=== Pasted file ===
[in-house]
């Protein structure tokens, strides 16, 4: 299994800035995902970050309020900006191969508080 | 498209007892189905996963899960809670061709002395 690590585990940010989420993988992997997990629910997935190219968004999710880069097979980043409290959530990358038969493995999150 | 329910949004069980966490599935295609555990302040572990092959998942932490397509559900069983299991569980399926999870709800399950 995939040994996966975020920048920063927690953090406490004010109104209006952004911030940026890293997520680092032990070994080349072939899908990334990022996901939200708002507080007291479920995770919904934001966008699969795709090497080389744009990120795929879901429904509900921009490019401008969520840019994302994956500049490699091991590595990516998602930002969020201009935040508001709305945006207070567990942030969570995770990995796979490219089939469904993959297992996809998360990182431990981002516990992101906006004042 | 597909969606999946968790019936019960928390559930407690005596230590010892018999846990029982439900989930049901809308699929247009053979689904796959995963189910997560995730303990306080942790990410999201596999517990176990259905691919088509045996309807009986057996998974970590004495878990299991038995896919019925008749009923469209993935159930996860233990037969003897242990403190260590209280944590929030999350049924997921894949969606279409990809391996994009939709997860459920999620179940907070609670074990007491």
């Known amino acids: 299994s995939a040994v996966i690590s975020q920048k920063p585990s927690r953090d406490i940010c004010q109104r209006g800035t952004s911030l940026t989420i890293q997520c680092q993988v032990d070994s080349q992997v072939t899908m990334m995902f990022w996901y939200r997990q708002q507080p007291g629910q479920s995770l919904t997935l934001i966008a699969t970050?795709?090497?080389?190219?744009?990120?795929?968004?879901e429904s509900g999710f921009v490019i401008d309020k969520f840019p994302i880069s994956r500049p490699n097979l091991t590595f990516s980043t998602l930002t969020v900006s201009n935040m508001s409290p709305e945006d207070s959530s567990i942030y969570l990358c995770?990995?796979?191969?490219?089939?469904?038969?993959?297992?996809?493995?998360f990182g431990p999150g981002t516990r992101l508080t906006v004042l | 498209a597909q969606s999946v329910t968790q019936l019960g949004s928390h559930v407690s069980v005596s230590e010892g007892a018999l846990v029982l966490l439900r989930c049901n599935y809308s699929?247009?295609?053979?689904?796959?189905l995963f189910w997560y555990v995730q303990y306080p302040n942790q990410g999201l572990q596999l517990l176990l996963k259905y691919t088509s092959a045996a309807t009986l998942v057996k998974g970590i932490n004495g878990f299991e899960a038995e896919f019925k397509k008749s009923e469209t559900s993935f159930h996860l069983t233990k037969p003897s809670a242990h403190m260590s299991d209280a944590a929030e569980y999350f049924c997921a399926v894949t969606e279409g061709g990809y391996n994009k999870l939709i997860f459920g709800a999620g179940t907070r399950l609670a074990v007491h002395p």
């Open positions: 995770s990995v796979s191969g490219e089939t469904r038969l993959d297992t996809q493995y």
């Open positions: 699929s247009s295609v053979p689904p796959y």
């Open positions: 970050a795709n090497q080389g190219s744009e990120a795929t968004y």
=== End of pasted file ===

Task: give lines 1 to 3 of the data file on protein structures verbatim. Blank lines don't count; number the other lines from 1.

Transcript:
[in-house]
């Protein structure tokens, strides 16, 4: 299994800035995902970050309020900006191969508080 | 498209007892189905996963899960809670061709002395 690590585990940010989420993988992997997990629910997935190219968004999710880069097979980043409290959530990358038969493995999150 | 329910949004069980966490599935295609555990302040572990092959998942932490397509559900069983299991569980399926999870709800399950 995939040994996966975020920048920063927690953090406490004010109104209006952004911030940026890293997520680092032990070994080349072939899908990334990022996901939200708002507080007291479920995770919904934001966008699969795709090497080389744009990120795929879901429904509900921009490019401008969520840019994302994956500049490699091991590595990516998602930002969020201009935040508001709305945006207070567990942030969570995770990995796979490219089939469904993959297992996809998360990182431990981002516990992101906006004042 | 597909969606999946968790019936019960928390559930407690005596230590010892018999846990029982439900989930049901809308699929247009053979689904796959995963189910997560995730303990306080942790990410999201596999517990176990259905691919088509045996309807009986057996998974970590004495878990299991038995896919019925008749009923469209993935159930996860233990037969003897242990403190260590209280944590929030999350049924997921894949969606279409990809391996994009939709997860459920999620179940907070609670074990007491």
């Known amino acids: 299994s995939a040994v996966i690590s975020q920048k920063p585990s927690r953090d406490i940010c004010q109104r209006g800035t952004s911030l940026t989420i890293q997520c680092q993988v032990d070994s080349q992997v072939t899908m990334m995902f990022w996901y939200r997990q708002q507080p007291g629910q479920s995770l919904t997935l934001i966008a699969t970050?795709?090497?080389?190219?744009?990120?795929?968004?879901e429904s509900g999710f921009v490019i401008d309020k969520f840019p994302i880069s994956r500049p490699n097979l091991t590595f990516s980043t998602l930002t969020v900006s201009n935040m508001s409290p709305e945006d207070s959530s567990i942030y969570l990358c995770?990995?796979?191969?490219?089939?469904?038969?993959?297992?996809?493995?998360f990182g431990p999150g981002t516990r992101l508080t906006v004042l | 498209a597909q969606s999946v329910t968790q019936l019960g949004s928390h559930v407690s069980v005596s230590e010892g007892a018999l846990v029982l966490l439900r989930c049901n599935y809308s699929?247009?295609?053979?689904?796959?189905l995963f189910w997560y555990v995730q303990y306080p302040n942790q990410g999201l572990q596999l517990l176990l996963k259905y691919t088509s092959a045996a309807t009986l998942v057996k998974g970590i932490n004495g878990f299991e899960a038995e896919f019925k397509k008749s009923e469209t559900s993935f159930h996860l069983t233990k037969p003897s809670a242990h403190m260590s299991d209280a944590a929030e569980y999350f049924c997921a399926v894949t969606e279409g061709g990809y391996n994009k999870l939709i997860f459920g709800a999620g179940t907070r399950l609670a074990v007491h002395p």